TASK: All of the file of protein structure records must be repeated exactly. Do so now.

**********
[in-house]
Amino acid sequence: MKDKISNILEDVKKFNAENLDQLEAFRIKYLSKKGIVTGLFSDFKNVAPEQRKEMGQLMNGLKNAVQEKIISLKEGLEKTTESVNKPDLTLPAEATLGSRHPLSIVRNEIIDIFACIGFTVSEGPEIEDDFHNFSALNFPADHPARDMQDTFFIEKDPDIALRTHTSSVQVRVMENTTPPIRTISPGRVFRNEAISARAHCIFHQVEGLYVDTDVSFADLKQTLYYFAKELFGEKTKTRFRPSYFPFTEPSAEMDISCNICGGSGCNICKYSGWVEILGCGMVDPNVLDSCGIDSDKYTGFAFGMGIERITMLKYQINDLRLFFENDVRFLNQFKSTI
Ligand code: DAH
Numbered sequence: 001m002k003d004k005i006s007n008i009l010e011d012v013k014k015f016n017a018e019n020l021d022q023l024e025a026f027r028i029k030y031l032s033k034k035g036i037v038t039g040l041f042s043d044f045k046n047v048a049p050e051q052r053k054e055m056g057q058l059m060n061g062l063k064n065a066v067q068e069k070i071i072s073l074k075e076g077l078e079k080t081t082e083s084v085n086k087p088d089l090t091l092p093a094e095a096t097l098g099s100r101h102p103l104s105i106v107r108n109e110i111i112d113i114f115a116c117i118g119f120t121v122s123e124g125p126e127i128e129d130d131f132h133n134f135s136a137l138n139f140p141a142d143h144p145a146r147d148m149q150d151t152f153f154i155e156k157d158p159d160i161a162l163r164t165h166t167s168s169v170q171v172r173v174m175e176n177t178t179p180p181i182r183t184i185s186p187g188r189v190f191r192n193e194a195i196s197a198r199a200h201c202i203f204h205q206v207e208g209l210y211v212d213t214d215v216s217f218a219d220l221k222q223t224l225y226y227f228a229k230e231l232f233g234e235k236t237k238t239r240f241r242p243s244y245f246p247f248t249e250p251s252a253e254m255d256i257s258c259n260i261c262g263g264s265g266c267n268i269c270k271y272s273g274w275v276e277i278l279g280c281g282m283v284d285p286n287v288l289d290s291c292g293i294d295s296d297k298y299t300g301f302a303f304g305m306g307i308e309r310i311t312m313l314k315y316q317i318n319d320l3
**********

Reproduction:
[in-house]
Amino acid sequence: MKDKISNILEDVKKFNAENLDQLEAFRIKYLSKKGIVTGLFSDFKNVAPEQRKEMGQLMNGLKNAVQEKIISLKEGLEKTTESVNKPDLTLPAEATLGSRHPLSIVRNEIIDIFACIGFTVSEGPEIEDDFHNFSALNFPADHPARDMQDTFFIEKDPDIALRTHTSSVQVRVMENTTPPIRTISPGRVFRNEAISARAHCIFHQVEGLYVDTDVSFADLKQTLYYFAKELFGEKTKTRFRPSYFPFTEPSAEMDISCNICGGSGCNICKYSGWVEILGCGMVDPNVLDSCGIDSDKYTGFAFGMGIERITMLKYQINDLRLFFENDVRFLNQFKSTI
Ligand code: DAH
Numbered sequence: 001m002k003d004k005i006s007n008i009l010e011d012v013k014k015f016n017a018e019n020l021d022q023l024e025a026f027r028i029k030y031l032s033k034k035g036i037v038t039g040l041f042s043d044f045k046n047v048a049p050e051q052r053k054e055m056g057q058l059m060n061g062l063k064n065a066v067q068e069k070i071i072s073l074k075e076g077l078e079k080t081t082e083s084v085n086k087p088d089l090t091l092p093a094e095a096t097l098g099s100r101h102p103l104s105i106v107r108n109e110i111i112d113i114f115a116c117i118g119f120t121v122s123e124g125p126e127i128e129d130d131f132h133n134f135s136a137l138n139f140p141a142d143h144p145a146r147d148m149q150d151t152f153f154i155e156k157d158p159d160i161a162l163r164t165h166t167s168s169v170q171v172r173v174m175e176n177t178t179p180p181i182r183t184i185s186p187g188r189v190f191r192n193e194a195i196s197a198r199a200h201c202i203f204h205q206v207e208g209l210y211v212d213t214d215v216s217f218a219d220l221k222q223t224l225y226y227f228a229k230e231l232f233g234e235k236t237k238t239r240f241r242p243s244y245f246p247f248t249e250p251s252a253e254m255d256i257s258c259n260i261c262g263g264s265g266c267n268i269c270k271y272s273g274w275v276e277i278l279g280c281g282m283v284d285p286n287v288l289d290s291c292g293i294d295s296d297k298y299t300g301f302a303f304g305m306g307i308e309r310i311t312m313l314k315y316q317i318n319d320l3